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Online Community Builder/Digital Space Specialist

The Nova Institute for Health seeks an online community builder and digital space specialist to help us grow and improve the Nova Integration Hub. The Integration Hub is a customized, online platform created to help individuals from diverse fields gather, share, and collaborate as we connect the dots among the many factors that influence the health of people, places, and our planet.  

The Integration Hub is an evolving digital space that has seen solid growth and has significant potential. It is currently managed by the Senior Director of Strategic Communications and supported by the Communications Manager as well as content experts (Nova Scholars, Fellows, and Invited Faculty) and consultants (Fireside Design). The Hub is built with Buddy Boss and WordPress.  

This is a contractual, remote, part-time role that could grow and lead to a longer-term engagement. Estimated hours are 8-10 per week, which could vary depending upon need and availability.

Primary responsibilities include:  

  • Develop and implement creative and effective strategies to increase the number of Hub user sign-ups, user engagement, and user activity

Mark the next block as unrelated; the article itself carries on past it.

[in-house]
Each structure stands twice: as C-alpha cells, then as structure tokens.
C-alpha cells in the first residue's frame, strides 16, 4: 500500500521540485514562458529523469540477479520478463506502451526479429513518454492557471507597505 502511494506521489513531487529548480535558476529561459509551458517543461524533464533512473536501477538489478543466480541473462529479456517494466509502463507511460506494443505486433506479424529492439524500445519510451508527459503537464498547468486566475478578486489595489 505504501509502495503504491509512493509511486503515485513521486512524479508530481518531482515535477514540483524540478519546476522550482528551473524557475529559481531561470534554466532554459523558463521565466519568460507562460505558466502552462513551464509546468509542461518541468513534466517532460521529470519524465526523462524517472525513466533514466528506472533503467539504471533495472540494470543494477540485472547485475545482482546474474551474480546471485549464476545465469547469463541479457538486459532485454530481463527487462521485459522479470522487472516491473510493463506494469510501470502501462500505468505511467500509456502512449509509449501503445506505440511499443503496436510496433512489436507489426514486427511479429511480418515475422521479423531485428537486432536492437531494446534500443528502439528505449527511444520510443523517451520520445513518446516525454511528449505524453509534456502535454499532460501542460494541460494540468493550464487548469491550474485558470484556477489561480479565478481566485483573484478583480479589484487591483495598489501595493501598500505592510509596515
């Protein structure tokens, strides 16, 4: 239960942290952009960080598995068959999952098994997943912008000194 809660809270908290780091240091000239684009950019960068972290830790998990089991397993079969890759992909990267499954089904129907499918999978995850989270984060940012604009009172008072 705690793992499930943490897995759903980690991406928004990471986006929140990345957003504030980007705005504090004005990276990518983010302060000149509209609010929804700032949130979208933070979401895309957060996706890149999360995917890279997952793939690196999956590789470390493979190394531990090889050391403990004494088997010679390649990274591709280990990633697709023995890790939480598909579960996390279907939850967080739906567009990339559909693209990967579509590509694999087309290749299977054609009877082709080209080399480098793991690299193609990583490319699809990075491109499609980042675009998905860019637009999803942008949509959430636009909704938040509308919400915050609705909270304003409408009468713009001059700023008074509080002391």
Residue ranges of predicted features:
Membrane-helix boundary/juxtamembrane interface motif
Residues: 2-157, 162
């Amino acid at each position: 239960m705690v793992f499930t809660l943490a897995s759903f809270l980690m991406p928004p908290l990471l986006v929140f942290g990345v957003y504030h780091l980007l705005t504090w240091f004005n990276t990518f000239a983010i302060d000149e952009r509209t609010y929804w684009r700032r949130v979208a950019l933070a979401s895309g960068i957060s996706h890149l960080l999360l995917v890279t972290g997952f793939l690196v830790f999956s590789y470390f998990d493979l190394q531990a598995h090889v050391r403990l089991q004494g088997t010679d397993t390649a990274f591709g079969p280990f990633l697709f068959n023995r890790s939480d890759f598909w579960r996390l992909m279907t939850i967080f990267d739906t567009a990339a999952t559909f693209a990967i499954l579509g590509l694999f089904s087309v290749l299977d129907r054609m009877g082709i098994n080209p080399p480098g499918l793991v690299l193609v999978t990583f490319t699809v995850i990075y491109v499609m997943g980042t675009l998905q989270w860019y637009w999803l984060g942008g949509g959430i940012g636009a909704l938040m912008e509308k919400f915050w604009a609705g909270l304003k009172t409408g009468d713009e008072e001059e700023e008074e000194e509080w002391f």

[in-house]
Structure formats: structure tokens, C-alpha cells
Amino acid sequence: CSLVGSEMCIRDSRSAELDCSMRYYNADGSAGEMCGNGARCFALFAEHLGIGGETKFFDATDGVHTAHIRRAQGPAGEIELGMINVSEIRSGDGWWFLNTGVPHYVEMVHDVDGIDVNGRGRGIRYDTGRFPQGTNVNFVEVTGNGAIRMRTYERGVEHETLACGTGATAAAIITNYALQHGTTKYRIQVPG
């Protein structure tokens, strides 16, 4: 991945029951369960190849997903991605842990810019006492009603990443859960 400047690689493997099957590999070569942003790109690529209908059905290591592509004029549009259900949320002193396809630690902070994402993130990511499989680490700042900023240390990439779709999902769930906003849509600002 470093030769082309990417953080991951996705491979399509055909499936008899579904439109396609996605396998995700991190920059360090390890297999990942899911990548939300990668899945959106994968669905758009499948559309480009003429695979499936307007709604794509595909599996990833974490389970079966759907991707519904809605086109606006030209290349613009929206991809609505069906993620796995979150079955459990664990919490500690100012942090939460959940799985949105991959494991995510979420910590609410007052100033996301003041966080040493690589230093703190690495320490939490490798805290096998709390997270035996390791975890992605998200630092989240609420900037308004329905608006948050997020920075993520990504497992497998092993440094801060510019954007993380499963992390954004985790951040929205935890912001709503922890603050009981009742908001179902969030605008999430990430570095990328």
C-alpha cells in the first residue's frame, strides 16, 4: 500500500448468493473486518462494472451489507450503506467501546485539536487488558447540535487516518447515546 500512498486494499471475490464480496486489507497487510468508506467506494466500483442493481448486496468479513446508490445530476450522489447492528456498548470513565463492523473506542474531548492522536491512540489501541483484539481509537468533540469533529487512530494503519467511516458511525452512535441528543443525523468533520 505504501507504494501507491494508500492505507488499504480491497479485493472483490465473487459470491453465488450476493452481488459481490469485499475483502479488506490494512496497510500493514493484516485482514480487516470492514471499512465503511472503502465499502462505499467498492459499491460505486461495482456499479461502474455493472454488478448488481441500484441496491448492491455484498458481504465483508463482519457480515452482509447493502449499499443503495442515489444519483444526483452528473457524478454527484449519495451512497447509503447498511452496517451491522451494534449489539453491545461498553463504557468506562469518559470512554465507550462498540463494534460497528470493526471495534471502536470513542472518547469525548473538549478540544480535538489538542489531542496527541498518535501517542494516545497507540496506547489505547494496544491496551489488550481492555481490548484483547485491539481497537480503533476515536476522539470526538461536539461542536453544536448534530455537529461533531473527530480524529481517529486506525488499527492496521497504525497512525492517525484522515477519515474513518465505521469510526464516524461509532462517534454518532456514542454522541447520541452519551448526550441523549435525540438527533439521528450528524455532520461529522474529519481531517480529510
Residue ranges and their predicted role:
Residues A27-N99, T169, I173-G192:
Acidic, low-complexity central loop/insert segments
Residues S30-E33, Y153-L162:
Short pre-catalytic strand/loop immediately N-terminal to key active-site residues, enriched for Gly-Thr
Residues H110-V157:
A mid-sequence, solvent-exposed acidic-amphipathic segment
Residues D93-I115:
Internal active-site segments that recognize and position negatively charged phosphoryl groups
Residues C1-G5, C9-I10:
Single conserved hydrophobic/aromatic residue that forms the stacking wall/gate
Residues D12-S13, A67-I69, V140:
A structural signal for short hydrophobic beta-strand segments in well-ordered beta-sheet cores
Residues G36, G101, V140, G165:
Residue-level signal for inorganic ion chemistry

• Help to nurture, support, and grow the Hub community 
  • Develop, test, and implement new features on the Hub, in coordination with with consultants and Nova staff, to improve user experience, including an app version of the Hub (currently in development)  
  • Provide technical support and troubleshooting for the Hub    
  • Collect, monitor, analyze, and respond to Hub metrics and analytics 
  • Support Hub content experts 
  • Develop ways to integrate the Hub with Nova’s other digital communications tools, including organizational website(s), email communications, and social media as well as with the organization’s overall communications strategy 
  • Help ensure the Hub code of conduct is met and that the remains a welcoming, safe, non-judgmental space for belonging  
  • Other digital/social marketing and communications related duties as assigned 


  • Bachelor’s degree in a related field
  • Minimum of 3-5 years of experience with social/digital media marketing 
  • Experience managing a member-based web platform or digital space 
  • Experience with web design, graphic design, and Google analytics  
  • Overall communications strategy experience is a plus 
  • Excellent verbal and written communication skills
  • Excellent organizational and project management skills
  • Ability to manage and work well with a diverse group of stakeholders
  • High degree of flexibility, efficiency, and initiative in work style

This position will be managed by the Senior Director of Strategic Communications and will interact with other Nova Institute staff, partners, colleagues, and consultants. 


  • Salary range: $35-40 per hour, depending on experience level. 
  • Part-time 1099 contract position of an estimated 8-10 hours per week, which could vary depending upon need and availability, paid monthly.